Tags: arthritis, Arthritis Care, Arthritis Research UK, chronic pain, cloudy with a chance of pain, RA, Rheumatoid arthritis, weather
Isn’t that a fantastic title for a study of chronic pain to see if it is/might be related to the weather? Well, if you’re in the UK and have arthritis or chronic pain and smart phone you can do more than just enjoy the great name – you can be part of the study!
All you have to do is agree to participate and download the Umotif app with the code word ‘cloudy’ – allow it to know your location and fill in the details (which really won’t take more than five minutes and probably less) each evening. I think you’re supposed to be able to set a reminder in the app, so that your phone will ping and remind you to complete the survey … as yet I haven’t worked out how tough!
To find out more about the project, funded by Arthritis Research UK, you can go to their website.
This sort of study needs lots and lots of people to really make it work, so if you’re eligible please do join in – it would be fascinating to see if any link to the weather is established. And as the article about this in Arthritis Care’s Inspire magazine points out, if nothing else the study might get a few headlines about arthritis, which ain’t that easy to do!
Even better, this really is ‘Citizen Science’ – anyone who wants to can explore the data, look for patterns and, if they find any, submit their ideas and hypotheses! Cool!
Tags: arthritis, Arthritis Care, Disability, Disability Living Allowance, DLA, Motability, MP, NHS, nurse, Personal Independence Payment, PIP
The Disability Living Allowance in the UK is being replaced by PIP – the Personal Independence Payment; double-speak if ever I heard it! Everyone who currently claims DLA will have to be re-assessed for PIP, and Arthritis Care estimates that 42% of people who can currently get a car through the Motability scheme and higher-rate DLA will lose their cars through PIP.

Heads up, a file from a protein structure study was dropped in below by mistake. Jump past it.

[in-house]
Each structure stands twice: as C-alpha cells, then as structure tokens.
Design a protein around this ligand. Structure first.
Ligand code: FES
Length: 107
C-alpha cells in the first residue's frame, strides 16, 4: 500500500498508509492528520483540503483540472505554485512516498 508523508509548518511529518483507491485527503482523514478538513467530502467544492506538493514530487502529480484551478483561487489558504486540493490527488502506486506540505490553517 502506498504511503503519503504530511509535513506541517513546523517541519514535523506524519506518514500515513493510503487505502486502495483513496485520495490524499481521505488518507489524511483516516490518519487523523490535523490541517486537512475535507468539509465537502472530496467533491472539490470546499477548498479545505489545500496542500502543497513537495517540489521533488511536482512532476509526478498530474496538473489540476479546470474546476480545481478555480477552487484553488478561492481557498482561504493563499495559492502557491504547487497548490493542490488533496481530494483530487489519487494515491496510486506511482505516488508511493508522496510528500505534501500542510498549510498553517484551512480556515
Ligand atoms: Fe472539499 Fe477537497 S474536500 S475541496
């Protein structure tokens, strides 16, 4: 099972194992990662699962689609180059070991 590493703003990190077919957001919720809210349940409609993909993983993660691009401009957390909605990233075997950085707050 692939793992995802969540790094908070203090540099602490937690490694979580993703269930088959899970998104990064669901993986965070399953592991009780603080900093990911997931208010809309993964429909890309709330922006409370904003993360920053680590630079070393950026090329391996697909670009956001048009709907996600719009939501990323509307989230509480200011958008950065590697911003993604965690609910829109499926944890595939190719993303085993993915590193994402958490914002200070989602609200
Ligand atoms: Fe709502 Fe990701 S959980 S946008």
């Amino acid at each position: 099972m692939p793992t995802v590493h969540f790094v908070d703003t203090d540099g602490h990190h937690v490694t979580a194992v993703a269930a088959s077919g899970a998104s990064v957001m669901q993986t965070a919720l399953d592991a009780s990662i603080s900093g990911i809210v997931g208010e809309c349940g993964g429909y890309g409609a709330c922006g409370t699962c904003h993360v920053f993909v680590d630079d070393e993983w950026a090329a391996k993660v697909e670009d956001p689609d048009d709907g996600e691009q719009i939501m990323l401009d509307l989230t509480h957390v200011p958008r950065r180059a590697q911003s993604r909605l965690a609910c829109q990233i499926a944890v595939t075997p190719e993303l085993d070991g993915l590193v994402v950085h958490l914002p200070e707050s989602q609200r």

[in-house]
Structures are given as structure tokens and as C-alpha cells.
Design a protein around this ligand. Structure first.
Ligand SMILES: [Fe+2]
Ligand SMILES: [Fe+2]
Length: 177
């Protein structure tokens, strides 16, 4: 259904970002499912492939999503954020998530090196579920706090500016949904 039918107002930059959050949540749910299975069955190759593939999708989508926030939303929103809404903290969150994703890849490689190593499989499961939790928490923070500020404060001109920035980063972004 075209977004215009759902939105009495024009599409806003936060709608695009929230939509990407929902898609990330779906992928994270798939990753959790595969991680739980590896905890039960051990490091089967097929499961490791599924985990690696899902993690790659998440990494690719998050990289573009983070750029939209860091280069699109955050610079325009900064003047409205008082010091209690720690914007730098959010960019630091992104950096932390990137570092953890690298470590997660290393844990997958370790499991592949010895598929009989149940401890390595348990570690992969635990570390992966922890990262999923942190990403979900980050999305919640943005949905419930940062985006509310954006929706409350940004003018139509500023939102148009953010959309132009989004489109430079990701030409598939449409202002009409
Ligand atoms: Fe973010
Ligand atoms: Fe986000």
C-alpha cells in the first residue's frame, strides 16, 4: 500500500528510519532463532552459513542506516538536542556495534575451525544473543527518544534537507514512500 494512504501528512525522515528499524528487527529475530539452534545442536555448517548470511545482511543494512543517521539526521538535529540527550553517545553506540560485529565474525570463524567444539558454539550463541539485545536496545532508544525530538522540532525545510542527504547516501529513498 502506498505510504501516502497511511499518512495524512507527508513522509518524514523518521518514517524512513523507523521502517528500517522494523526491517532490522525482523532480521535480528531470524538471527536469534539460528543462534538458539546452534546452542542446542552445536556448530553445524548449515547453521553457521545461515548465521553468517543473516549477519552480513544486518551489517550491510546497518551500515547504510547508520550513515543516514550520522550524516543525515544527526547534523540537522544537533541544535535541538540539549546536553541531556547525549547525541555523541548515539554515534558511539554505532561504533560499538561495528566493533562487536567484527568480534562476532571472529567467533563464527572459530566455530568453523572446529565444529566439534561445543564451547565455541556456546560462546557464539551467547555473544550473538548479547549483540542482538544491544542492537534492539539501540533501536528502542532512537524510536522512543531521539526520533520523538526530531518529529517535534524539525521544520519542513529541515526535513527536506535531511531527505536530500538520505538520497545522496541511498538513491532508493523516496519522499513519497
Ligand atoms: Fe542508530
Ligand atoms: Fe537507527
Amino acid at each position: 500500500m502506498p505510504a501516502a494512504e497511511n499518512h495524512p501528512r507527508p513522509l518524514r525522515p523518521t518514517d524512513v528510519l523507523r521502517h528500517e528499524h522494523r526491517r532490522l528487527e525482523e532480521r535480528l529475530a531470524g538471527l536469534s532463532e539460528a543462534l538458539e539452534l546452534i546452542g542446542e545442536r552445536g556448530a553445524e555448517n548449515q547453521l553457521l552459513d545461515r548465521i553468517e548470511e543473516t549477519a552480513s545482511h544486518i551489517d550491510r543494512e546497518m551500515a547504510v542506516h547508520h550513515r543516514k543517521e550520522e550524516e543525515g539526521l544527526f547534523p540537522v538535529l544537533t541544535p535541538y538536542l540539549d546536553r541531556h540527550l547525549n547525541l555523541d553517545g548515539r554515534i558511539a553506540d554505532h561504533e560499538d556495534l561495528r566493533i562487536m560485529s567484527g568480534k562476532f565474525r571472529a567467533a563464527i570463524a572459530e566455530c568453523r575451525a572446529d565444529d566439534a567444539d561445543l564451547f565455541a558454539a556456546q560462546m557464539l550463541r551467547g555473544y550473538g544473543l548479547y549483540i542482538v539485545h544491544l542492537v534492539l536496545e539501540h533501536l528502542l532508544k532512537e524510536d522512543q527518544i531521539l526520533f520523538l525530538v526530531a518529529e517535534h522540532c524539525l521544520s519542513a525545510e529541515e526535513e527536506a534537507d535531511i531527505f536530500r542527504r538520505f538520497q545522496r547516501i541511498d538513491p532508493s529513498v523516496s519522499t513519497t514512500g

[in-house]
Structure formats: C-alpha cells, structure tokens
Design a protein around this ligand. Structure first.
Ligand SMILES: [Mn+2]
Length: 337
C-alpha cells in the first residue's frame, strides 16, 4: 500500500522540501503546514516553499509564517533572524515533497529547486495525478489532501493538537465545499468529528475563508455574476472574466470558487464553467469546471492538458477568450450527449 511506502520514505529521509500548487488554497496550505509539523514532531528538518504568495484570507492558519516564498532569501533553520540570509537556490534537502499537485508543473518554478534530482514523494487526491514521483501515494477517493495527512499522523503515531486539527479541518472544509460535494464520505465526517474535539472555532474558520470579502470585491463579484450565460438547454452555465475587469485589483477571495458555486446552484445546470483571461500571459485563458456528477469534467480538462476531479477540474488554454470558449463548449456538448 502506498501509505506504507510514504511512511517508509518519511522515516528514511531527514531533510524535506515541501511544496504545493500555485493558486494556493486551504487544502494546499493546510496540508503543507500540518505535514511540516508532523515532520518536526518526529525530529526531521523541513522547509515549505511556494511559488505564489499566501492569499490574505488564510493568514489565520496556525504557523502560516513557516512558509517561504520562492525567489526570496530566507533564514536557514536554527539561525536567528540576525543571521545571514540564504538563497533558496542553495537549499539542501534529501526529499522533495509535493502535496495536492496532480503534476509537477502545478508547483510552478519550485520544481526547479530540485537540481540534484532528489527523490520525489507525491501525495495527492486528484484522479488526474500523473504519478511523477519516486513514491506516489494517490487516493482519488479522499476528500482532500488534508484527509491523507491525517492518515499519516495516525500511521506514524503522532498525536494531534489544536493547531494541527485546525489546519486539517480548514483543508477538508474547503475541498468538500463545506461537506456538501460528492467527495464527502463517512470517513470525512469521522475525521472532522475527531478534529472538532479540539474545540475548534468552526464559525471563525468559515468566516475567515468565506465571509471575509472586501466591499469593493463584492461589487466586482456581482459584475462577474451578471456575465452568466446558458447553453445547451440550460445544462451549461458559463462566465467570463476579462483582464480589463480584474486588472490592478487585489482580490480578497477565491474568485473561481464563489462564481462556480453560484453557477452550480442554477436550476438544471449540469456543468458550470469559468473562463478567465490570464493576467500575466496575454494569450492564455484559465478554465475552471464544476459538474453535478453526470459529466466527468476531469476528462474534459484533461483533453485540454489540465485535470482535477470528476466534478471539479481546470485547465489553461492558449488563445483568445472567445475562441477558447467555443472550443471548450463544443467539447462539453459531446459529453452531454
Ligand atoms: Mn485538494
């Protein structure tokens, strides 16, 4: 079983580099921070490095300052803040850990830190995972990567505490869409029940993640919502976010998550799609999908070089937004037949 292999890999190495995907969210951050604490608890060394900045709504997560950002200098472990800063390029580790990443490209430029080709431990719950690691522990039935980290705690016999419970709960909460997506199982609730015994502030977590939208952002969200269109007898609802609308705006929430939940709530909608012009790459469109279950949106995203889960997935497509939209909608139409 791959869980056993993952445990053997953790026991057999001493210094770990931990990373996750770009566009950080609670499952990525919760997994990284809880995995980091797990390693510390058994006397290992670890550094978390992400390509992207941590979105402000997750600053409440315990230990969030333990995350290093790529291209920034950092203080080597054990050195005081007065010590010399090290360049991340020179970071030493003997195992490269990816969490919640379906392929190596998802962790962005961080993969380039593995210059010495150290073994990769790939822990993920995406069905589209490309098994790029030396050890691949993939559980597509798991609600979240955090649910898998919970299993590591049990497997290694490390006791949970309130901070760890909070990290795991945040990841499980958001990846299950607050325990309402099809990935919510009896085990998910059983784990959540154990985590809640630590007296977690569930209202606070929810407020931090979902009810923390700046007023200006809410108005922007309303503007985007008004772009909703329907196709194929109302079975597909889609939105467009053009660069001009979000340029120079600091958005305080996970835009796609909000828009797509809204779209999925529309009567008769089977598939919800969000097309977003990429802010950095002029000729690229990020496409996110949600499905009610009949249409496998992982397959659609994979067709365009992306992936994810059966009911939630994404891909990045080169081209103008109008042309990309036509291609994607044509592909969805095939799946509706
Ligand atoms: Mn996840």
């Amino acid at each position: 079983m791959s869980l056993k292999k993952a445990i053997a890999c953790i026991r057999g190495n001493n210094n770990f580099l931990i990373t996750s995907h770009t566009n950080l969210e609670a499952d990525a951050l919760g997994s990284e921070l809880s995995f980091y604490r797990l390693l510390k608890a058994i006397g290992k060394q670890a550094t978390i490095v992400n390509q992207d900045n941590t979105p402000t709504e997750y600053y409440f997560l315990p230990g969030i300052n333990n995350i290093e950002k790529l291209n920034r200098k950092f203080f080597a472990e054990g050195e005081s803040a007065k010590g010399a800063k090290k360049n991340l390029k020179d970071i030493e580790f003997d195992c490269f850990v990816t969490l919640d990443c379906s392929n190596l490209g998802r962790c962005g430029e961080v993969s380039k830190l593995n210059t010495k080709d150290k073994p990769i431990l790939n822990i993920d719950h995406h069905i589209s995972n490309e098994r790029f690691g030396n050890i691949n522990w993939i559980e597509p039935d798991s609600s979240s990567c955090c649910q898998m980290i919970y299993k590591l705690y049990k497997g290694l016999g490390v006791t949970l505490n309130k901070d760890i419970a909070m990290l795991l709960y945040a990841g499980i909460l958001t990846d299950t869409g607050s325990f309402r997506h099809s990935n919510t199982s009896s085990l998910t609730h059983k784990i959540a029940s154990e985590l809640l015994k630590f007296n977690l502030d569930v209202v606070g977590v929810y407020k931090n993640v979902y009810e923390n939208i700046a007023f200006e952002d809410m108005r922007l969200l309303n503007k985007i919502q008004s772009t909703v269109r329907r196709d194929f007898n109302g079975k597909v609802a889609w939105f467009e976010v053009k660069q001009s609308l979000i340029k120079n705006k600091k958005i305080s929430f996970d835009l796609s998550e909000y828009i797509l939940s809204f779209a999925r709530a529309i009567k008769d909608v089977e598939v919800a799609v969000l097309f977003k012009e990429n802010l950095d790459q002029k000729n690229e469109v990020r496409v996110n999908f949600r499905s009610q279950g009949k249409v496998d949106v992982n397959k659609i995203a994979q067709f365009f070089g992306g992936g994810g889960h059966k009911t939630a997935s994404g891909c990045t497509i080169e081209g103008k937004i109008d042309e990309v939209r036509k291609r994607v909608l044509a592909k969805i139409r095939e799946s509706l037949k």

At the same time I have just heard that the district nurses in a region near to us are no longer going to be doing what district nurses do, visiting people in their homes! So people are going to lose cars and then find themselves unable even to see a nurse. Apparently if people absolutely cannot, by any other means, get into the surgery, they will be provided with a courtesy car. I’ll be interested to see how that works out, and how much it costs, considering the district nurses only ever visited the people who couldn’t get into the surgery anyway!
The other thing that PIP is going to do to ‘save money’ is to change the current DLA walking test from inability to walk 50 metres ‘reliably, repeatedly, safely and in a timely fashion’, to someone who can’t walk 20 metres ‘reliably’. Reference to repeatability has notably been removed, so that anyone who can walk 20 metres on the day of their test will presumably not get PIP, even though with things like RA or MS, one might be able to walk a mile one day and no where the next.
2o metres is patently absurd; it seems to suggest that so long as someone can walk as far as the corner of their road or a neighbour’s house then they are fit enough to fend for themselves. According to the MP briefing prepared by a campaign group that Arthritis care are involved in, the 20m has not been based on any medical or scientific evidence; so it’s clearly a cynical decision to save money.
But in reality, much like the district nurses, how much money will it save? People who have their independence taken away from them will obviously be calling more on public services for help. The money will be being spent; just not from the same budget pot.
Who is this going to help?
Agree? Please write to your MP and tell them what you think and why. You can use the Arthritis Care Hardest Hit Campaign tool to help. All you have to do is put in your name and address; the tool will find your MP, produce a letter, which you can edit if you wish, and then you just press send to get it emailed over. It takes seconds – and it could make a real difference.
Photo by Leo Reynolds, (C) September 4 2010, licensed under Creative Commons